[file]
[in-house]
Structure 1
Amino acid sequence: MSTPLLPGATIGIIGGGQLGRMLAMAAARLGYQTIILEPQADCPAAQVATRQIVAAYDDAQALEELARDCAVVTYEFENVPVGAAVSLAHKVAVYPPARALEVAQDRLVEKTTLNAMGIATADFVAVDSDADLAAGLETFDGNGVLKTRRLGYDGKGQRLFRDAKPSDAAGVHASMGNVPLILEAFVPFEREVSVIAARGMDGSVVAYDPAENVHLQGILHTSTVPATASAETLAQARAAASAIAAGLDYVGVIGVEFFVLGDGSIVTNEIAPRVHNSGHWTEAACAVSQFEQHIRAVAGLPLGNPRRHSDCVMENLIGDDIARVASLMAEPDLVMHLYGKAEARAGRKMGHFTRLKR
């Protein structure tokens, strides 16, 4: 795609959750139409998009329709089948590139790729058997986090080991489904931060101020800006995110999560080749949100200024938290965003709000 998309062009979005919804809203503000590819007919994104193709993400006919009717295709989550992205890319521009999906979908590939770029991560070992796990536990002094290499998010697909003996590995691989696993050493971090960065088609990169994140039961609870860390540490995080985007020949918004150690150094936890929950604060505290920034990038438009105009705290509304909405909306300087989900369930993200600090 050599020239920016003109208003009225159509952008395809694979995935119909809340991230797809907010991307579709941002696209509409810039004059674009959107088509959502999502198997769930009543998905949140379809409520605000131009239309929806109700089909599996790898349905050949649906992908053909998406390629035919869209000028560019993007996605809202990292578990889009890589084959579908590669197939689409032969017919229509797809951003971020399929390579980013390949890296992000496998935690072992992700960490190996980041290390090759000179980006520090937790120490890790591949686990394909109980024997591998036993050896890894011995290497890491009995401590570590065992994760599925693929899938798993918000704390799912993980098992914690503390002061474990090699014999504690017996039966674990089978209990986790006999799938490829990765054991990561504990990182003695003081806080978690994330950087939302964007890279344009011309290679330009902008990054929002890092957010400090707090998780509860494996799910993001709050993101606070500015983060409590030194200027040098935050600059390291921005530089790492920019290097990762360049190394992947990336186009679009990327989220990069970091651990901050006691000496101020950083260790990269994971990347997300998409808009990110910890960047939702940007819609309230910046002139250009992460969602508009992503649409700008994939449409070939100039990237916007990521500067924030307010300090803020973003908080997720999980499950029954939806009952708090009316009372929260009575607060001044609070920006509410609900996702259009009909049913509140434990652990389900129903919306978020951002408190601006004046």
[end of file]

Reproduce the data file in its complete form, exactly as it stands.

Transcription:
[in-house]
Structure 1
Amino acid sequence: MSTPLLPGATIGIIGGGQLGRMLAMAAARLGYQTIILEPQADCPAAQVATRQIVAAYDDAQALEELARDCAVVTYEFENVPVGAAVSLAHKVAVYPPARALEVAQDRLVEKTTLNAMGIATADFVAVDSDADLAAGLETFDGNGVLKTRRLGYDGKGQRLFRDAKPSDAAGVHASMGNVPLILEAFVPFEREVSVIAARGMDGSVVAYDPAENVHLQGILHTSTVPATASAETLAQARAAASAIAAGLDYVGVIGVEFFVLGDGSIVTNEIAPRVHNSGHWTEAACAVSQFEQHIRAVAGLPLGNPRRHSDCVMENLIGDDIARVASLMAEPDLVMHLYGKAEARAGRKMGHFTRLKR
């Protein structure tokens, strides 16, 4: 795609959750139409998009329709089948590139790729058997986090080991489904931060101020800006995110999560080749949100200024938290965003709000 998309062009979005919804809203503000590819007919994104193709993400006919009717295709989550992205890319521009999906979908590939770029991560070992796990536990002094290499998010697909003996590995691989696993050493971090960065088609990169994140039961609870860390540490995080985007020949918004150690150094936890929950604060505290920034990038438009105009705290509304909405909306300087989900369930993200600090 050599020239920016003109208003009225159509952008395809694979995935119909809340991230797809907010991307579709941002696209509409810039004059674009959107088509959502999502198997769930009543998905949140379809409520605000131009239309929806109700089909599996790898349905050949649906992908053909998406390629035919869209000028560019993007996605809202990292578990889009890589084959579908590669197939689409032969017919229509797809951003971020399929390579980013390949890296992000496998935690072992992700960490190996980041290390090759000179980006520090937790120490890790591949686990394909109980024997591998036993050896890894011995290497890491009995401590570590065992994760599925693929899938798993918000704390799912993980098992914690503390002061474990090699014999504690017996039966674990089978209990986790006999799938490829990765054991990561504990990182003695003081806080978690994330950087939302964007890279344009011309290679330009902008990054929002890092957010400090707090998780509860494996799910993001709050993101606070500015983060409590030194200027040098935050600059390291921005530089790492920019290097990762360049190394992947990336186009679009990327989220990069970091651990901050006691000496101020950083260790990269994971990347997300998409808009990110910890960047939702940007819609309230910046002139250009992460969602508009992503649409700008994939449409070939100039990237916007990521500067924030307010300090803020973003908080997720999980499950029954939806009952708090009316009372929260009575607060001044609070920006509410609900996702259009009909049913509140434990652990389900129903919306978020951002408190601006004046």